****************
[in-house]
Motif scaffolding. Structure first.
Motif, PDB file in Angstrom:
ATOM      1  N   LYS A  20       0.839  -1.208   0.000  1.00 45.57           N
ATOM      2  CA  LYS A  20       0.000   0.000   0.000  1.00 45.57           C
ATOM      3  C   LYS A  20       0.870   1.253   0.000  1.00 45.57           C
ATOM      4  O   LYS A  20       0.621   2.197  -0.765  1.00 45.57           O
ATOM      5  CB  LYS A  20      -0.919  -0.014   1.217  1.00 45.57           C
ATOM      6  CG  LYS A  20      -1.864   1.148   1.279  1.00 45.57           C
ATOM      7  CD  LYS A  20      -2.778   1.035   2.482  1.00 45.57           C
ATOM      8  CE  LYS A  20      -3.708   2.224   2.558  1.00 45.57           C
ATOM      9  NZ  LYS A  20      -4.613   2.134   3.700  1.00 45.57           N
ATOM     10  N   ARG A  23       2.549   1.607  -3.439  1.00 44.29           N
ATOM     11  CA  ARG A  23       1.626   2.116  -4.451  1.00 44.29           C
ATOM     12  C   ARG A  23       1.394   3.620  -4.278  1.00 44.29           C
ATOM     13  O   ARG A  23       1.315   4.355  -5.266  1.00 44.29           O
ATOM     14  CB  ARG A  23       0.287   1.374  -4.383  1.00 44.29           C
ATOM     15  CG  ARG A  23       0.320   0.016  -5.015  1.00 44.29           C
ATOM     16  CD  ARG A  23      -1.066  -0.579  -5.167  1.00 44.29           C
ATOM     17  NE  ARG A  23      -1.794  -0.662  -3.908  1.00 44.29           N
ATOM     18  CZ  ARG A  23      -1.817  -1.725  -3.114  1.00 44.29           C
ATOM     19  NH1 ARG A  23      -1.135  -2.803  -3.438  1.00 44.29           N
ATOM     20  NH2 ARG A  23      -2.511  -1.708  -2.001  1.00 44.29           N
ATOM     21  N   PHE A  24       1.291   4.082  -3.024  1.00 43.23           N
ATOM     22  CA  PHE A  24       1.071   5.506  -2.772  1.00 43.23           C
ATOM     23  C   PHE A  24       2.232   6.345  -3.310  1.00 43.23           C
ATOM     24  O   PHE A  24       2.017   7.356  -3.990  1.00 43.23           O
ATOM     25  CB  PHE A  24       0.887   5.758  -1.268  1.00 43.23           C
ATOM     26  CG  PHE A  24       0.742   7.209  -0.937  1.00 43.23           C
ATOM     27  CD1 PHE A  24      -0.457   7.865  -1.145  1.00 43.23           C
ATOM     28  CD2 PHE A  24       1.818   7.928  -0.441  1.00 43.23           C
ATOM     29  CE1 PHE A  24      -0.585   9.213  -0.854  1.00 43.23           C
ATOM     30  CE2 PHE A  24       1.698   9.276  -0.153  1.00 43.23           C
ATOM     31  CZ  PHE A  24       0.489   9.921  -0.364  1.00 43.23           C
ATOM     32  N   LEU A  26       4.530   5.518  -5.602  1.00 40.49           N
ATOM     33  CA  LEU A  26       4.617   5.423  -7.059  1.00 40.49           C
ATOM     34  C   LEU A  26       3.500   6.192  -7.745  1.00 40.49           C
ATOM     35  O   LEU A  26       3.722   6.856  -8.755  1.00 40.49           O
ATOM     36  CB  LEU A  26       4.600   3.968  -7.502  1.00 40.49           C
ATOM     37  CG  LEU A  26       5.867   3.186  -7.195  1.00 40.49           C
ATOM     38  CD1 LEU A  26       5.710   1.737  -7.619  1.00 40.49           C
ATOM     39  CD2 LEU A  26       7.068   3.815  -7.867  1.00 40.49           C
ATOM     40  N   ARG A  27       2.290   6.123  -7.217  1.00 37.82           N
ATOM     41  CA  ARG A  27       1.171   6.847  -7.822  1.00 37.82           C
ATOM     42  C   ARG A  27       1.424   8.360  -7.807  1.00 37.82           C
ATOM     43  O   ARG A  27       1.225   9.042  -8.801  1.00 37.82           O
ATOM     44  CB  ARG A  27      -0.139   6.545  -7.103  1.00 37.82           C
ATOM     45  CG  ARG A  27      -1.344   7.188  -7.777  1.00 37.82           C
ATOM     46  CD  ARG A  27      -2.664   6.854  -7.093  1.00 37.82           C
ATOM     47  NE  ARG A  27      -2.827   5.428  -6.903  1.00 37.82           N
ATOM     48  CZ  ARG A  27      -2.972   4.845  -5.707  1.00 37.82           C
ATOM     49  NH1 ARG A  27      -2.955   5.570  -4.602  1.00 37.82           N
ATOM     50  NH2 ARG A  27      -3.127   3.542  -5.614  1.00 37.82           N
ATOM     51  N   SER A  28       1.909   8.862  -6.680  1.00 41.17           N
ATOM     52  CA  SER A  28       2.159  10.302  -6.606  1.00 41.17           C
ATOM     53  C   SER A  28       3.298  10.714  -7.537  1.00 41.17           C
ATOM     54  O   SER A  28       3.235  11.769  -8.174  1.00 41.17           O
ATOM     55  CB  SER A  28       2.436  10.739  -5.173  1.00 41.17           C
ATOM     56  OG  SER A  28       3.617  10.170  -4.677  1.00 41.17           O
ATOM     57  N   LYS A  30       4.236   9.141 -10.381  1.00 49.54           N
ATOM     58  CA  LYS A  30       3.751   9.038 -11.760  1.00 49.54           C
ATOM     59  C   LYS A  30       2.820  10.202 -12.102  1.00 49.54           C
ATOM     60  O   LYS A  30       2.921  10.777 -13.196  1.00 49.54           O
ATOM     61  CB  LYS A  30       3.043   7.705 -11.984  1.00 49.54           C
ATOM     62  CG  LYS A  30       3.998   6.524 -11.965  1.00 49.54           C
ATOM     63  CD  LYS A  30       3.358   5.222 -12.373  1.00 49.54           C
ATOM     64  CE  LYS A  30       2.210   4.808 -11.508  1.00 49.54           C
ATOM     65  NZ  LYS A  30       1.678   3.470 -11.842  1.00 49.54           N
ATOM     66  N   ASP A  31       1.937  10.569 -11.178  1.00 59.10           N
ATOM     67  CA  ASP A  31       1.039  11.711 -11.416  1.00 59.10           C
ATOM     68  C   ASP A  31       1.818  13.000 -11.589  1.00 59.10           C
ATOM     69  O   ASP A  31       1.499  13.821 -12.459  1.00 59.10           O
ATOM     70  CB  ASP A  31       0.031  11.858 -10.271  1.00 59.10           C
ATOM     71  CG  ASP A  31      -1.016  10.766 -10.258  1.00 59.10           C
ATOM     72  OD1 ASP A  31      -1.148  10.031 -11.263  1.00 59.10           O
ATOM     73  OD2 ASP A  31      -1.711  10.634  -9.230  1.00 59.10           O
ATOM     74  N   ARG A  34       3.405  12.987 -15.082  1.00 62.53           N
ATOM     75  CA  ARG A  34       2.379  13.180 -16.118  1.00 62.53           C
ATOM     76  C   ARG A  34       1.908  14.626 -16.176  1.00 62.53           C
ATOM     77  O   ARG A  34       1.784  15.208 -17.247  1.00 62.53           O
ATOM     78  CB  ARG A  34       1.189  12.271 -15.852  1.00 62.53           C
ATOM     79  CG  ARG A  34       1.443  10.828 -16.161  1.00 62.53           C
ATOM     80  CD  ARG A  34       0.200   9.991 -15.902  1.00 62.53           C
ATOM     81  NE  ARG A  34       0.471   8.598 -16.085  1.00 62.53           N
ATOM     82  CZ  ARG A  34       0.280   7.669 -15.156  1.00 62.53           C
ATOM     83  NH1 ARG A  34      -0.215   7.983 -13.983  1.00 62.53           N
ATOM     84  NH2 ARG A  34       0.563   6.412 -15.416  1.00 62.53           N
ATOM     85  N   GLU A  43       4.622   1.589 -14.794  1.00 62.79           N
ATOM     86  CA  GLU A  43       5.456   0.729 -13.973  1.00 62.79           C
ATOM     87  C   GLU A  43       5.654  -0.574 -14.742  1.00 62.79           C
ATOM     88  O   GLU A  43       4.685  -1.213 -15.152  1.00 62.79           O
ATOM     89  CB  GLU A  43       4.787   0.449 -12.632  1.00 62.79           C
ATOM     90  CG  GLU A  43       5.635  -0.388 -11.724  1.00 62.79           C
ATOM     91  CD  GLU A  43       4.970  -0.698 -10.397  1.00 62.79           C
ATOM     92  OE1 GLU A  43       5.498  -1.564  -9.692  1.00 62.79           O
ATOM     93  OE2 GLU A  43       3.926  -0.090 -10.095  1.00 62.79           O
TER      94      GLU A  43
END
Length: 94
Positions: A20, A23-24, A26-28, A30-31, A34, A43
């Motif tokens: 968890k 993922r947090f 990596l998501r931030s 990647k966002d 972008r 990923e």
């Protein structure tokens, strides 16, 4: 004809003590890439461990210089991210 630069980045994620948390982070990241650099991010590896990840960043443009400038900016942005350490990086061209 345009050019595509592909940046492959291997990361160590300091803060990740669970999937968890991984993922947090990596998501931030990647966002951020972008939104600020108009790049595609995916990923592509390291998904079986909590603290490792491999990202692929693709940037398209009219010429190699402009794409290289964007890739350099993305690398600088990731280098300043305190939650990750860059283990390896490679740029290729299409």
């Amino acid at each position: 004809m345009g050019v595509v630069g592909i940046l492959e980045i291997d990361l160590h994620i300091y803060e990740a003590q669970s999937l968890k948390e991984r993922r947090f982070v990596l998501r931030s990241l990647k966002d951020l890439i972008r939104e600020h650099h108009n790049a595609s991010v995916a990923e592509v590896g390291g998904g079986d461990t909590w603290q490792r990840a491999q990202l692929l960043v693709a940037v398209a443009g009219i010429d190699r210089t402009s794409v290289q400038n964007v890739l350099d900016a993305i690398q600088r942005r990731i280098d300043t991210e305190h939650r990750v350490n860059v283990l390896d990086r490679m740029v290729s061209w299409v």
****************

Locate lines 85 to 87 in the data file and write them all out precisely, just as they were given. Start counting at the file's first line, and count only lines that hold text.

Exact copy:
ATOM     82  CZ  ARG A  34       0.280   7.669 -15.156  1.00 62.53           C
ATOM     83  NH1 ARG A  34      -0.215   7.983 -13.983  1.00 62.53           N
ATOM     84  NH2 ARG A  34       0.563   6.412 -15.416  1.00 62.53           N